Thus, what conclusions can we draw from all this? Here’s what I think:
- There is no conclusive evidence that belief in Hell makes people more moral, or that lack of such belief makes them less moral.
- The premises upon which the anti-universalist arguments rests seem invalid or at least shaky.
- Therefore, there is no reason to believe that believers in universalism, as a group, will act any more immorally than anyone else.
Now, will some universalists think, “Hey, I’m saved no matter what–might as well do as I want”? Yes, no doubt. Some people who are not universalists do whatever they want, too. Of course, there are universalists who are quite moral, as well. Any kind of ethical or belief system can be twisted and perverted–and eventually will be–but that doesn’t make an argument against it. There are universalists and non-universalists who behave scandalously or uprightly, Christians and atheists who are scurrilous and who are saintly. No belief system seems to be privileged in this regard.
I will point out that I’m not saying that punishment of the this-worldly variety is intrinsically ineffective, or that it’s never needed. I think it’s legitimate to research in order to find out when punishment is effective how it is best applied, and whether we use it too much or too little. I’m inclined to think our society uses punishment unintelligently; but I have no dogmatic beliefs about punishment as such. Punishment–the “stick” in the old metaphor of getting a donkey to move with a carrot–reward–or punishment–a stick–is not going to go away soon. Human nature being as it is, it’s probably necessary. What I do assert is that God, being far greater than we are, is able to bring about a final reconciliation of all in the life to come without the need of eternal punishment (it is quite possible that the purification process for the wicked may be experienced as punishment, though). I assert that there is no evidence that a belief in universalism makes people behave badly; and thus, I think the objection that it does is specious.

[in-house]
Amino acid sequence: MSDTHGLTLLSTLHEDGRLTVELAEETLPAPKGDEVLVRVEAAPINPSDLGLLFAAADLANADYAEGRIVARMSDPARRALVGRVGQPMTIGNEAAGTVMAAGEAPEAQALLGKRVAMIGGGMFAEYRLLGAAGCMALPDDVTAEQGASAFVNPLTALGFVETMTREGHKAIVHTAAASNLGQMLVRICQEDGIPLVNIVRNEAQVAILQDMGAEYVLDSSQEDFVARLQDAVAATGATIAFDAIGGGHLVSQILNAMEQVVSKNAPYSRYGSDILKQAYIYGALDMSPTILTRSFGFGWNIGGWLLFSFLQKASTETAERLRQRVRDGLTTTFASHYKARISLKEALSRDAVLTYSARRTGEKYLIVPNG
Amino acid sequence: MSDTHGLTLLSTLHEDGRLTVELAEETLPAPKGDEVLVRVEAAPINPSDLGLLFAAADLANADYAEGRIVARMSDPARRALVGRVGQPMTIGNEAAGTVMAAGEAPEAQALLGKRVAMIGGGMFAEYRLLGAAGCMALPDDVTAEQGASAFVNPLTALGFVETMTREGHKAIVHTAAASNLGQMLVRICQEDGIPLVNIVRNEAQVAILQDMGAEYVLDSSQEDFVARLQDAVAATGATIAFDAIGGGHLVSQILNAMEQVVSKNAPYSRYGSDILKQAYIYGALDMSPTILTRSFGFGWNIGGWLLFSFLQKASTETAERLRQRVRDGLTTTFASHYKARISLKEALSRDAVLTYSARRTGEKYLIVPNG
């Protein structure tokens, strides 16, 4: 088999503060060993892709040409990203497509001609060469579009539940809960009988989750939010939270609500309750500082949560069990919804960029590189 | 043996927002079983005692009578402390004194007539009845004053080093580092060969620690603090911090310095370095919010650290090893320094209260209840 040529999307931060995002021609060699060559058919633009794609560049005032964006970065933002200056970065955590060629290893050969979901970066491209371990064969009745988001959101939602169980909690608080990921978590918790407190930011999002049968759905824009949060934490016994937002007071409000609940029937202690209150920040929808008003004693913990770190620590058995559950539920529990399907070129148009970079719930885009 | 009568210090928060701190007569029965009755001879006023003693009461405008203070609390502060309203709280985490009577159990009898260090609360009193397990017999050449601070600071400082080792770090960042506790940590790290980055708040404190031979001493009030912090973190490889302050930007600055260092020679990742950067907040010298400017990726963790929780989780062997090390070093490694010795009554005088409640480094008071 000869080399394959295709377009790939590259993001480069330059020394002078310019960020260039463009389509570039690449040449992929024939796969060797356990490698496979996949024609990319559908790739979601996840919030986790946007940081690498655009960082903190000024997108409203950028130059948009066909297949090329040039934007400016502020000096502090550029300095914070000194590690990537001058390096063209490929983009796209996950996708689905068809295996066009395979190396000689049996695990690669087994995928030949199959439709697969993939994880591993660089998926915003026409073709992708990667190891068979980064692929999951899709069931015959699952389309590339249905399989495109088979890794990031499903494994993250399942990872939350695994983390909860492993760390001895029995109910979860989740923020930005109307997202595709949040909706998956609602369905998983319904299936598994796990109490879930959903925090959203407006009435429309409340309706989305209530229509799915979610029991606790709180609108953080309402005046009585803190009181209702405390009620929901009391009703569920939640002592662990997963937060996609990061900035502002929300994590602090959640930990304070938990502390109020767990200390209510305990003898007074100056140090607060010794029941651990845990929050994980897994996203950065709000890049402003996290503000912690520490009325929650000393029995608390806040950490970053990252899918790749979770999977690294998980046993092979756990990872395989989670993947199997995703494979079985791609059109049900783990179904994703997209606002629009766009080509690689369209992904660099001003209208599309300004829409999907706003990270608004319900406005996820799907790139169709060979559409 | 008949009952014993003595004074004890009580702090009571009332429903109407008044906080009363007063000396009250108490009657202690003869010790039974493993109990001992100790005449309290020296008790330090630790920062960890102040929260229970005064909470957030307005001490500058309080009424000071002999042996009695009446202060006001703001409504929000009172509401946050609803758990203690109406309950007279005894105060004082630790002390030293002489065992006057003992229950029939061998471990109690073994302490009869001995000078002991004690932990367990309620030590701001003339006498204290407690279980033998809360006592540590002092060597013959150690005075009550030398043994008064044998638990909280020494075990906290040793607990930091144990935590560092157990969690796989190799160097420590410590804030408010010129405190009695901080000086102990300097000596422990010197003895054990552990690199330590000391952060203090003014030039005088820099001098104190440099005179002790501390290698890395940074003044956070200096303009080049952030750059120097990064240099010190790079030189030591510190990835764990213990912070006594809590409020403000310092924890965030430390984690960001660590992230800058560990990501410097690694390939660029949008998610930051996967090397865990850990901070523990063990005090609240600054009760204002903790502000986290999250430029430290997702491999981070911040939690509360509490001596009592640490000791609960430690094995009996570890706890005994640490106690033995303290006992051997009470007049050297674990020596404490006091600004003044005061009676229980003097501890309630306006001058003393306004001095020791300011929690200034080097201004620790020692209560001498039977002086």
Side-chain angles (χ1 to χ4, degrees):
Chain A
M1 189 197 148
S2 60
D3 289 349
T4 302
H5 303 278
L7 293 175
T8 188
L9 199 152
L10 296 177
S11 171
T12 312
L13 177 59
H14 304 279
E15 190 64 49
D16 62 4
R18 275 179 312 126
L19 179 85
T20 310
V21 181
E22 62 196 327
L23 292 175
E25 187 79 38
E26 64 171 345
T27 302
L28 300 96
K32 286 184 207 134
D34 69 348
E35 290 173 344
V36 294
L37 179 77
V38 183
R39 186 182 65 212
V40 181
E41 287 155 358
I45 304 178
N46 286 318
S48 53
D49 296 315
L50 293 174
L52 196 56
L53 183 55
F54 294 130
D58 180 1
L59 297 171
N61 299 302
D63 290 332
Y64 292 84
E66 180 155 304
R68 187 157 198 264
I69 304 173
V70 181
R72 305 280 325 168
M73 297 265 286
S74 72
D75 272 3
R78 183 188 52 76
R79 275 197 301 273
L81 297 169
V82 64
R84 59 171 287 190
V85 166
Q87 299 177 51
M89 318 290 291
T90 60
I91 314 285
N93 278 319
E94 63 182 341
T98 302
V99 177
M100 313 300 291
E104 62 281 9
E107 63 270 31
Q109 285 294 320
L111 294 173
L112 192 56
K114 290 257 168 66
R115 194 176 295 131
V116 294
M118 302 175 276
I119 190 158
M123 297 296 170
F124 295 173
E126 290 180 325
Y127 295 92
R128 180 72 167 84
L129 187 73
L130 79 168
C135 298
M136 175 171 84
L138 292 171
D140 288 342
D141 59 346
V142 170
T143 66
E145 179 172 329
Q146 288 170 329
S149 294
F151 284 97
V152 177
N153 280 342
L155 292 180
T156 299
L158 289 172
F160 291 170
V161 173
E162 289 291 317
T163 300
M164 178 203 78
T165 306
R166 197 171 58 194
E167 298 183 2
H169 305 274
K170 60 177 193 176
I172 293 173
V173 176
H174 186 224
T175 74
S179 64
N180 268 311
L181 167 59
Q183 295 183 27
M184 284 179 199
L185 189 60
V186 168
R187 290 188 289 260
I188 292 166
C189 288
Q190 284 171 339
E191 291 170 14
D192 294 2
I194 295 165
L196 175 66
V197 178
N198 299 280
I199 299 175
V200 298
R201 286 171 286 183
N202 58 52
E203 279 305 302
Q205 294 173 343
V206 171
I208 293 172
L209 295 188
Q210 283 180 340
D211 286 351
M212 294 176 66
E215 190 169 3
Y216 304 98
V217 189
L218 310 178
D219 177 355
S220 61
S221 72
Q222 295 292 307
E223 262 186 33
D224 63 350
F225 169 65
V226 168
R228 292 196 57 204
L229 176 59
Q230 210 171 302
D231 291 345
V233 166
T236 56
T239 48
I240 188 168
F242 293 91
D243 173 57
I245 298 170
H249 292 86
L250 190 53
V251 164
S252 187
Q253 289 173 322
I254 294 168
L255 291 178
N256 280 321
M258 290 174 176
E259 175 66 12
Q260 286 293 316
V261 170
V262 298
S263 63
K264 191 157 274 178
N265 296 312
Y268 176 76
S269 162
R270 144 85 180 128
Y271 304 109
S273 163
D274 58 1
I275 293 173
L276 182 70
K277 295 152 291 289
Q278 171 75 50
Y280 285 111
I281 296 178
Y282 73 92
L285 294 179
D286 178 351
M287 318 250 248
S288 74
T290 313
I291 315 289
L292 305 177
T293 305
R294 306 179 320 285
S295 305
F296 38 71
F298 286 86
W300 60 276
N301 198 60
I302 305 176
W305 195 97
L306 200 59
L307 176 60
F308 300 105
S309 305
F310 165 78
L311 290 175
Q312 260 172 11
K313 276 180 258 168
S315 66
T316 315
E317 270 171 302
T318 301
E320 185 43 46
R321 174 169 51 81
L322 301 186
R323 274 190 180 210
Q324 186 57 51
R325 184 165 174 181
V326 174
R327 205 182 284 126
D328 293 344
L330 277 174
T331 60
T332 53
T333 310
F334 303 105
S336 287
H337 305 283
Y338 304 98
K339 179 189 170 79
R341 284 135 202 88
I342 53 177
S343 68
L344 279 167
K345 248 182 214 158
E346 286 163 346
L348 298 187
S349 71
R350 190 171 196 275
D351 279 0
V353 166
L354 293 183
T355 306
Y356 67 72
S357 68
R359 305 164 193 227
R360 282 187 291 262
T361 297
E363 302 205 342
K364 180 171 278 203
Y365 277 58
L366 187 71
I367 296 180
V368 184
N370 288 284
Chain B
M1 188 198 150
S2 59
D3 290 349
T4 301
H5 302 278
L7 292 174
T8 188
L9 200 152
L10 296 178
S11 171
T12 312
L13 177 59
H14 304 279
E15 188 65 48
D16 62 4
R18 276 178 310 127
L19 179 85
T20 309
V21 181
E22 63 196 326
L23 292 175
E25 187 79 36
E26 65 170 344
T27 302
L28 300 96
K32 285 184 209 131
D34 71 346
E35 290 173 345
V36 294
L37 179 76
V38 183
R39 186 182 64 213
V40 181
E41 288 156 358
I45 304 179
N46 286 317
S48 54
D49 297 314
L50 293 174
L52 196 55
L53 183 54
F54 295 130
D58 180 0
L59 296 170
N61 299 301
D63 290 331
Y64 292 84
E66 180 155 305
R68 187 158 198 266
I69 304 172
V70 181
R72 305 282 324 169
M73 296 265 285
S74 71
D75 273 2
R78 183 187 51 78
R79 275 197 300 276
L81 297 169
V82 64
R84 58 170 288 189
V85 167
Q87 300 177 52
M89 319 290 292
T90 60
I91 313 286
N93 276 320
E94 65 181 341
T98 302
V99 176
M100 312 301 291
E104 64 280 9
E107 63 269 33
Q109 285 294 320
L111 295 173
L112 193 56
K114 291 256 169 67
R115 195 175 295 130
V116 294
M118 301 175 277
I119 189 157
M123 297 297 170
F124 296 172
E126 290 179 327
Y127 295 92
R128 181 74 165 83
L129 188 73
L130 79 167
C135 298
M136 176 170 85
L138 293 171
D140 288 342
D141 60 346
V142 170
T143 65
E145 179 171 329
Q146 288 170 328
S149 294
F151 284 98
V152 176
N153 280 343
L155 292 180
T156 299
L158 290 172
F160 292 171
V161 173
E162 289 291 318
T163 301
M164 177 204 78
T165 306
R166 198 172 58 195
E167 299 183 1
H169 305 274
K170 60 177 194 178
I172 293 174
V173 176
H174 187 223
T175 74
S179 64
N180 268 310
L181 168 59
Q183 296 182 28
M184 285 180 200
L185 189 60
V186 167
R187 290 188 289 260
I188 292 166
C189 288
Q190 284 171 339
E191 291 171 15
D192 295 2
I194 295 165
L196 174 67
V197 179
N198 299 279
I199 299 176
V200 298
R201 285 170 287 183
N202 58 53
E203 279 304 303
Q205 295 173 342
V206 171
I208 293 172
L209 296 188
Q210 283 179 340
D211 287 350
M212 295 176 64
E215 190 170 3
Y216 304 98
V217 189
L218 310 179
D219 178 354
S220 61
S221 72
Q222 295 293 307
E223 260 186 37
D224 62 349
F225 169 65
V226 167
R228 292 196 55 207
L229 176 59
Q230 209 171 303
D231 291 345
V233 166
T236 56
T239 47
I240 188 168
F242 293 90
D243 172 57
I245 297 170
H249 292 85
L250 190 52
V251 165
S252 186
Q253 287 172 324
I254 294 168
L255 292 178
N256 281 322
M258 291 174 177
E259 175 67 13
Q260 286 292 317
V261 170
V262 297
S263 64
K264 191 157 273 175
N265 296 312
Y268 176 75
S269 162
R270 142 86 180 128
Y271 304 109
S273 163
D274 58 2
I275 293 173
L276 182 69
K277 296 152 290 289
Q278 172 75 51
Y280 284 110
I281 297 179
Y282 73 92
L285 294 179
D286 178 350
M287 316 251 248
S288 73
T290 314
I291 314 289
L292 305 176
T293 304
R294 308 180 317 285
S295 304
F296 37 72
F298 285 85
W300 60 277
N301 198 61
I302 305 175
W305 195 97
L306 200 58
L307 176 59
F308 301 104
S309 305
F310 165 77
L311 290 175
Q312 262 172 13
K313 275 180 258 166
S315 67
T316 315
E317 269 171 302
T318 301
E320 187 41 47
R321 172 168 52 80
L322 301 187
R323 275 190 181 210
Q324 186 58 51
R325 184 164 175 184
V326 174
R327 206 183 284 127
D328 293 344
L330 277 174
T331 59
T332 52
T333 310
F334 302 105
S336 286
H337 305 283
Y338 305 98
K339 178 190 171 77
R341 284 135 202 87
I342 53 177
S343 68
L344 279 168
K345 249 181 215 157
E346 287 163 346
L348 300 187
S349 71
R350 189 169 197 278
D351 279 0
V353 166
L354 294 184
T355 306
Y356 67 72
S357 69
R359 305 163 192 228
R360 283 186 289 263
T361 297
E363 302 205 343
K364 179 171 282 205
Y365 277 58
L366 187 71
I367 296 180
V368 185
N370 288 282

That said, I think the best reason for being moral is not the stick nor the carrot, but because morality points us to the Good, the True, and the Beautiful; and those three things need no justification beyond themselves. That’s a level of selflessness few of us can reach, I admit. Perhaps on a slightly lower but less abstract plane, we should want to do right because we want to be the kind of people who are virtuous, kind, and loving. We want to be the husband or father or son our wife or child or parents deserve. The inimitable Fats Waller puts in perfectly in the lyrics to the classic “Ain’t Misbehavin'”:
All by myself
No one to walk with
I’m happy on the shelf
I’m savin’ my love for you
The one I love
Through with flirtin’
Just you that I’m thinkin’ of
Savin’ my love for you
In the corner
Don’t go nowhere
What do I care?
All your kisses
Worth waitin’ for, believe me
Don’t care to go
Home about eight
Me and my radio
Ain’t misbehavin’, savin’ my love for you